Leatherback Turtle Watching: Matura, Trinidad

20th Jun 2014
Photo of Leatherback Turtle Watching: Matura, Trinidad 1/3 by Trini
Scarlet Macaw
Photo of Leatherback Turtle Watching: Matura, Trinidad 2/3 by Trini
Mama Leatherback during the nesting process
Photo of Leatherback Turtle Watching: Matura, Trinidad 3/3 by Trini
The leatherback turtle lays about 60-80 eggs

So a few weeks ago, we went turtle watching. This is something I have done now, quite a few times, but sometimes I just cannot escape doing it. Trinidad and Tobago is a significant nesting destination for marine turtles, particularly the leatherback turtle, and hundreds of people visit my little country just to experience this natural phenomenon. If you have never been turtle watching, I must say, it is quite an experience. There is something very sobering and beautiful about the way the leatherback comes ashore to nest.

This time around we journeyed to Matura, which is one of the important turtle communities on the North East coast of Trinidad, and home community of the Nature Seekers group. We first stopped off at the Valencia Visitor Centre for a few minutes, and there you can check out some of the wildlife, like these beauties.

At Matura, we had a quick bite, after which we made our way down to the beach at about 7.30pm. Everyone had been told to dress in dark clothing, and the only illumination comes from the moon, so as to not disturb any turtles which may already be on the beach, or scare off any turtles coming ashore. Our guide had already gone ahead to ensure no turtles were in our path, and we headed down the stretch of beach, in the direction where he said a lot of turtles seem to come up.

We did not have to wait very long, as before you could blink, a leatherback emerged from the surf and slowly began making her way ashore. If you have never seen a leatherback, they are massive – they can weigh up to 2000 pounds – so you have to excuse her lack of speed. She first does some exploratory work to see whether the temperature of the sand is to her liking. The temperature of the sand determines the sex of the hatchlings, so the cooler sand near the surf would mean male hatchlings and the warmer sands further up the beach – female hatchlings, or as our guide simplified, “Cool guys, hot chicks”. If she is happy, she will begin digging a hole in which to nest. If not, she goes back into the water and resurface at another spot until she finds an area in which to nest.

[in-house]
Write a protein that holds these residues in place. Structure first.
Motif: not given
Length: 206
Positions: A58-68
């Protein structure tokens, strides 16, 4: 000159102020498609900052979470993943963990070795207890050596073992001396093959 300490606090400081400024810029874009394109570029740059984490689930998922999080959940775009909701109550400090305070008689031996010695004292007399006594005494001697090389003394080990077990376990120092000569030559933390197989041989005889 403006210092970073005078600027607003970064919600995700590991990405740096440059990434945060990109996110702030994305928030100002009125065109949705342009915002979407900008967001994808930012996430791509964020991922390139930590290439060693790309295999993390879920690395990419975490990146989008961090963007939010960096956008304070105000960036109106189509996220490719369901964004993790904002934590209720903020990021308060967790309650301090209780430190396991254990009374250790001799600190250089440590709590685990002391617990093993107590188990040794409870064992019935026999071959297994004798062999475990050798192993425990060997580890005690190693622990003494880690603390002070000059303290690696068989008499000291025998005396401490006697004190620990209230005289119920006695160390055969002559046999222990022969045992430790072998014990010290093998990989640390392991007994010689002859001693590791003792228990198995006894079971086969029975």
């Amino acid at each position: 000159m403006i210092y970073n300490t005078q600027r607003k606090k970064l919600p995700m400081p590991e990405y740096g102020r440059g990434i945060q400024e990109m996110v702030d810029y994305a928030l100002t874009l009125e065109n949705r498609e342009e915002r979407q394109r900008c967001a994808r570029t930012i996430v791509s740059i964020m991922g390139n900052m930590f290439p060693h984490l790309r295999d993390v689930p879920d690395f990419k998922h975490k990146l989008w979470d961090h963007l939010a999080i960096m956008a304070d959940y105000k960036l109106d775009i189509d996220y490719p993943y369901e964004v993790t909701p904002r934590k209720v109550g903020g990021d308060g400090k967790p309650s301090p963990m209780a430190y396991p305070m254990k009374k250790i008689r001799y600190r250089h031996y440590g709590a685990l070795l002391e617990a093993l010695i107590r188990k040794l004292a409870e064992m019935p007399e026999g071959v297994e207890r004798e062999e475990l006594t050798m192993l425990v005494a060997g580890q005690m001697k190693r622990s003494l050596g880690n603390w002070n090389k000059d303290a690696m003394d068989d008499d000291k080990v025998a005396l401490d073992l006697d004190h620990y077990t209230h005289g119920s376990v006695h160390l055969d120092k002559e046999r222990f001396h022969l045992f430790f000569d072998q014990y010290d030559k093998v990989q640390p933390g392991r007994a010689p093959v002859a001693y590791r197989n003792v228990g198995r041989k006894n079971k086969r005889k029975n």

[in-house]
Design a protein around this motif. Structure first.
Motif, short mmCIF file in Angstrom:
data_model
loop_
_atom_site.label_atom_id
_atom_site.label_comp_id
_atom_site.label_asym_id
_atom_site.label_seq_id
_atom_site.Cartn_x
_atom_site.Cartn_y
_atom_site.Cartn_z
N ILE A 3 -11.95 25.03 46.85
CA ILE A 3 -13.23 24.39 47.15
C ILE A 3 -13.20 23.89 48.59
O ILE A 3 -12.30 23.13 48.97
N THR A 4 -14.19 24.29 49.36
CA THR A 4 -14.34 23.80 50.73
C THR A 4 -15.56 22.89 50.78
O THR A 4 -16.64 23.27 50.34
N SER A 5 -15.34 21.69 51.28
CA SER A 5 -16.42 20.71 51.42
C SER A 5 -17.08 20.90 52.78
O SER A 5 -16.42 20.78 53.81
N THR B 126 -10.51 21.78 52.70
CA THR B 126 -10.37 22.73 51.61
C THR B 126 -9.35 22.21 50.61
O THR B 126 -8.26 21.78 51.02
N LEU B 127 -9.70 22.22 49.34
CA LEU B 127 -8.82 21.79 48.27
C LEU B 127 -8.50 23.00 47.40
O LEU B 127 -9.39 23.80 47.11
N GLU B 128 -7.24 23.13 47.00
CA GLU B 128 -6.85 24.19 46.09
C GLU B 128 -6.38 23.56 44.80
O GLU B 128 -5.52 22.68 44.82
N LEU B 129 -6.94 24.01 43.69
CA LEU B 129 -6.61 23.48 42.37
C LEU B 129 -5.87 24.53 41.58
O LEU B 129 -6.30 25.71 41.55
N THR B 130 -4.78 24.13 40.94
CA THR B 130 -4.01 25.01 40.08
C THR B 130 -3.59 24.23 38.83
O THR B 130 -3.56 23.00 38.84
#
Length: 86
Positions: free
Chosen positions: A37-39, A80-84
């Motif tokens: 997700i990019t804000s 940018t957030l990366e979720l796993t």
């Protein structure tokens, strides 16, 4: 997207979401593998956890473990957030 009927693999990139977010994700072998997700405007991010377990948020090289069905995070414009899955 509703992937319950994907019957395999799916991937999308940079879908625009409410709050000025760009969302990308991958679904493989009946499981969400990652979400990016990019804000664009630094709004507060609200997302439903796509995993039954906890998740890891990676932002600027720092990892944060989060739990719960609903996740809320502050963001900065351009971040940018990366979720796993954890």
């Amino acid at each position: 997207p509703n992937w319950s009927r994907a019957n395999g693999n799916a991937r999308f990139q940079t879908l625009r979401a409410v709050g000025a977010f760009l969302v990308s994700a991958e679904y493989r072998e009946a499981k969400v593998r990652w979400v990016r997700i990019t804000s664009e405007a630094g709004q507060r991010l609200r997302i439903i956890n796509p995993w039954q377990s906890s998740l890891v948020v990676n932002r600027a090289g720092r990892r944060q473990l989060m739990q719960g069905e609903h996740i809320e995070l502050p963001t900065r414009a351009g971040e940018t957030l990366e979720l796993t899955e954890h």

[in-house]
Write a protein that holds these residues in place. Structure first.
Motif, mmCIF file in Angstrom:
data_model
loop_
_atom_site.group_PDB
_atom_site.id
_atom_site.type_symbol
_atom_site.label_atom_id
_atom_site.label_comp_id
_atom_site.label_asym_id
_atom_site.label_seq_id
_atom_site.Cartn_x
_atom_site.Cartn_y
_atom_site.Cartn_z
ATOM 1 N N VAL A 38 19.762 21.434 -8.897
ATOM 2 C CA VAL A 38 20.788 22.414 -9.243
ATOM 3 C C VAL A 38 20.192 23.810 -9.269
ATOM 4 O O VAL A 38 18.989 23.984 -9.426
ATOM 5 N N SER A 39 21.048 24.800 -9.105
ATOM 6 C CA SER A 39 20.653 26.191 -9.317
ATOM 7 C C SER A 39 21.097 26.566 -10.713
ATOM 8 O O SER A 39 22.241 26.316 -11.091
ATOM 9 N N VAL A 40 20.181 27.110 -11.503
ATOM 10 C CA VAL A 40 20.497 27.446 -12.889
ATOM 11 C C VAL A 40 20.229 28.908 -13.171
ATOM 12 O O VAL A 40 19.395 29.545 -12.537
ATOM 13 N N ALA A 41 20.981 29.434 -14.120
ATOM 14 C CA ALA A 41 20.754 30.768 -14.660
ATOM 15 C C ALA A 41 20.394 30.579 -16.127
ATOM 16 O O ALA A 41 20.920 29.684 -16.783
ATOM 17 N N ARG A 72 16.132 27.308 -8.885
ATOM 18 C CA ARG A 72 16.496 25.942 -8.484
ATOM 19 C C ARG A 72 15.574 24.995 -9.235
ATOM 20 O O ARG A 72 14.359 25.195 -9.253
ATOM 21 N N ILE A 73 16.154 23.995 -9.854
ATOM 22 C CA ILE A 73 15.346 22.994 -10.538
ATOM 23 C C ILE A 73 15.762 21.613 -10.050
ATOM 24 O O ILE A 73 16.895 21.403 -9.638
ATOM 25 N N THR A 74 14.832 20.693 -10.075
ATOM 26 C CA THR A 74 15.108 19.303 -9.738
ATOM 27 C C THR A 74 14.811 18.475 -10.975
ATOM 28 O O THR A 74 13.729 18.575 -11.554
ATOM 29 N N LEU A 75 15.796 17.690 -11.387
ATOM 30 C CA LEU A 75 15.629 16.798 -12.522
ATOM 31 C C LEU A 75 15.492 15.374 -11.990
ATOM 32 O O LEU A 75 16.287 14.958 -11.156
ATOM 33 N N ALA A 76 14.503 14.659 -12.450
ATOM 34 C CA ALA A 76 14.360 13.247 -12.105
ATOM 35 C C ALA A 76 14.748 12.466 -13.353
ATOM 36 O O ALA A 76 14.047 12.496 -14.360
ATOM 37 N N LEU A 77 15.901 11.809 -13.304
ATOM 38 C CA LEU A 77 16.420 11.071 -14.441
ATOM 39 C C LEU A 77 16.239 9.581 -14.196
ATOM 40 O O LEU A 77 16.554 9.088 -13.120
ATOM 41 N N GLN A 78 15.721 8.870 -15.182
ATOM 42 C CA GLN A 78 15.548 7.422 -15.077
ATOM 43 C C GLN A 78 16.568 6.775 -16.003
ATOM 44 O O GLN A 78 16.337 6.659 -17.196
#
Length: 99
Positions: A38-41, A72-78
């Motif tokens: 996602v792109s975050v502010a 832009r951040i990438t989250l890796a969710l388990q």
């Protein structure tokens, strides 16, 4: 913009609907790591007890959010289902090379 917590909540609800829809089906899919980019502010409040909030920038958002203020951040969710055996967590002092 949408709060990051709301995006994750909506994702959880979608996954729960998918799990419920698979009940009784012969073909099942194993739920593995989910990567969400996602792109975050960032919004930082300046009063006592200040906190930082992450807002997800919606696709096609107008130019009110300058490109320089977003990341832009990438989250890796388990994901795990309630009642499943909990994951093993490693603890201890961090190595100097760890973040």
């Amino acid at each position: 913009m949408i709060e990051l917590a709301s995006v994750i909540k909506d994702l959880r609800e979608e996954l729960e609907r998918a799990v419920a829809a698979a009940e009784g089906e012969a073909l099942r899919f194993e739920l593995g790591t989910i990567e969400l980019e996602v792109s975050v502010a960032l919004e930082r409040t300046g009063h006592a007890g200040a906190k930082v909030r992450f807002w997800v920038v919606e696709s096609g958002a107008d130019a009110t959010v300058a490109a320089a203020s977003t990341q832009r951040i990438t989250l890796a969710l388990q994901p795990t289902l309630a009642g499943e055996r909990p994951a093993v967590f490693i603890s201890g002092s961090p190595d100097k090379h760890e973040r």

Your guide would give you the details during the entire process, but after she digs her nest, then it’s time to lay her eggs, and she can lay anywhere between 60-80 eggs. It is only during this time we were able to touch her, and use flash photography, which is prohibited during the rest of the event. After she lays her eggs, she begins refilling the nest, after which she will also disturb the area around the nest, in an attempt to hide the presence of her nest from predators. It’s really something to see.

Turtle conservation is a huge part of what turtle groups and communities do, as there is still so much ignorance and disgusting behaviour from humans, which have put sea turtles on the IUCN Endangered Species list. Experiences like these only highlight how important it is that we continue to do our part to educate others and change the way we treat with species like these. 
I also did this last year and the video shows a cute leatherback hatchling at Grande Riviere beach, which had been part of a hatchery aimed at giving them the best chance of survival, before being released into the sea. Turtle season in Trinidad runs from March to September. 
Video link: http://www.youtube.com/watch?v=wuv-1p9exuo